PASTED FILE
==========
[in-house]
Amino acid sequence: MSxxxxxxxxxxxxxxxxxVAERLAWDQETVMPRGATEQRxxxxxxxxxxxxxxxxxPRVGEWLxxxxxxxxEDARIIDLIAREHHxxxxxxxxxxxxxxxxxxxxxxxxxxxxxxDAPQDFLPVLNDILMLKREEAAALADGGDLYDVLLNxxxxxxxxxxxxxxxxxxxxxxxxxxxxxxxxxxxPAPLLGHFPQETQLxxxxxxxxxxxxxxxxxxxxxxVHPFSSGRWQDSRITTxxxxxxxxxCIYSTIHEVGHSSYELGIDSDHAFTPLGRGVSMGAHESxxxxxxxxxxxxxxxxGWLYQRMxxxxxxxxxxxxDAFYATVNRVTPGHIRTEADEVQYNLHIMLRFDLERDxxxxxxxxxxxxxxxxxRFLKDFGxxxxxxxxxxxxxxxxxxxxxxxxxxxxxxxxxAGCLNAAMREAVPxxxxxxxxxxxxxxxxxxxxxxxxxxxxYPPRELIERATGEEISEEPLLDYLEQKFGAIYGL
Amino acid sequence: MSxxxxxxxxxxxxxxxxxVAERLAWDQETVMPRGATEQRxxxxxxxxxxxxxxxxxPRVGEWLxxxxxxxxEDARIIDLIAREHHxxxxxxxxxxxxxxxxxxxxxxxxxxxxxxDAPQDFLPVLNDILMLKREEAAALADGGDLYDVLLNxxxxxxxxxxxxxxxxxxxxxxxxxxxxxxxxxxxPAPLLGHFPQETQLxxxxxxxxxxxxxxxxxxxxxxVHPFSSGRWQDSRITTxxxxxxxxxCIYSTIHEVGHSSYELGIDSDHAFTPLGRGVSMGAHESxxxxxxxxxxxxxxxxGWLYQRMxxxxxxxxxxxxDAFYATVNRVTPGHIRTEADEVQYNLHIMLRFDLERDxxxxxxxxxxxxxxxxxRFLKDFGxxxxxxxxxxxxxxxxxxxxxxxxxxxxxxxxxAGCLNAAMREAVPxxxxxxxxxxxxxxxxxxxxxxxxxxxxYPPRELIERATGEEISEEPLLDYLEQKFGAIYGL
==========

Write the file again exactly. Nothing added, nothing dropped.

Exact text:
[in-house]
Amino acid sequence: MSxxxxxxxxxxxxxxxxxVAERLAWDQETVMPRGATEQRxxxxxxxxxxxxxxxxxPRVGEWLxxxxxxxxEDARIIDLIAREHHxxxxxxxxxxxxxxxxxxxxxxxxxxxxxxDAPQDFLPVLNDILMLKREEAAALADGGDLYDVLLNxxxxxxxxxxxxxxxxxxxxxxxxxxxxxxxxxxxPAPLLGHFPQETQLxxxxxxxxxxxxxxxxxxxxxxVHPFSSGRWQDSRITTxxxxxxxxxCIYSTIHEVGHSSYELGIDSDHAFTPLGRGVSMGAHESxxxxxxxxxxxxxxxxGWLYQRMxxxxxxxxxxxxDAFYATVNRVTPGHIRTEADEVQYNLHIMLRFDLERDxxxxxxxxxxxxxxxxxRFLKDFGxxxxxxxxxxxxxxxxxxxxxxxxxxxxxxxxxAGCLNAAMREAVPxxxxxxxxxxxxxxxxxxxxxxxxxxxxYPPRELIERATGEEISEEPLLDYLEQKFGAIYGL
Amino acid sequence: MSxxxxxxxxxxxxxxxxxVAERLAWDQETVMPRGATEQRxxxxxxxxxxxxxxxxxPRVGEWLxxxxxxxxEDARIIDLIAREHHxxxxxxxxxxxxxxxxxxxxxxxxxxxxxxDAPQDFLPVLNDILMLKREEAAALADGGDLYDVLLNxxxxxxxxxxxxxxxxxxxxxxxxxxxxxxxxxxxPAPLLGHFPQETQLxxxxxxxxxxxxxxxxxxxxxxVHPFSSGRWQDSRITTxxxxxxxxxCIYSTIHEVGHSSYELGIDSDHAFTPLGRGVSMGAHESxxxxxxxxxxxxxxxxGWLYQRMxxxxxxxxxxxxDAFYATVNRVTPGHIRTEADEVQYNLHIMLRFDLERDxxxxxxxxxxxxxxxxxRFLKDFGxxxxxxxxxxxxxxxxxxxxxxxxxxxxxxxxxAGCLNAAMREAVPxxxxxxxxxxxxxxxxxxxxxxxxxxxxYPPRELIERATGEEISEEPLLDYLEQKFGAIYGL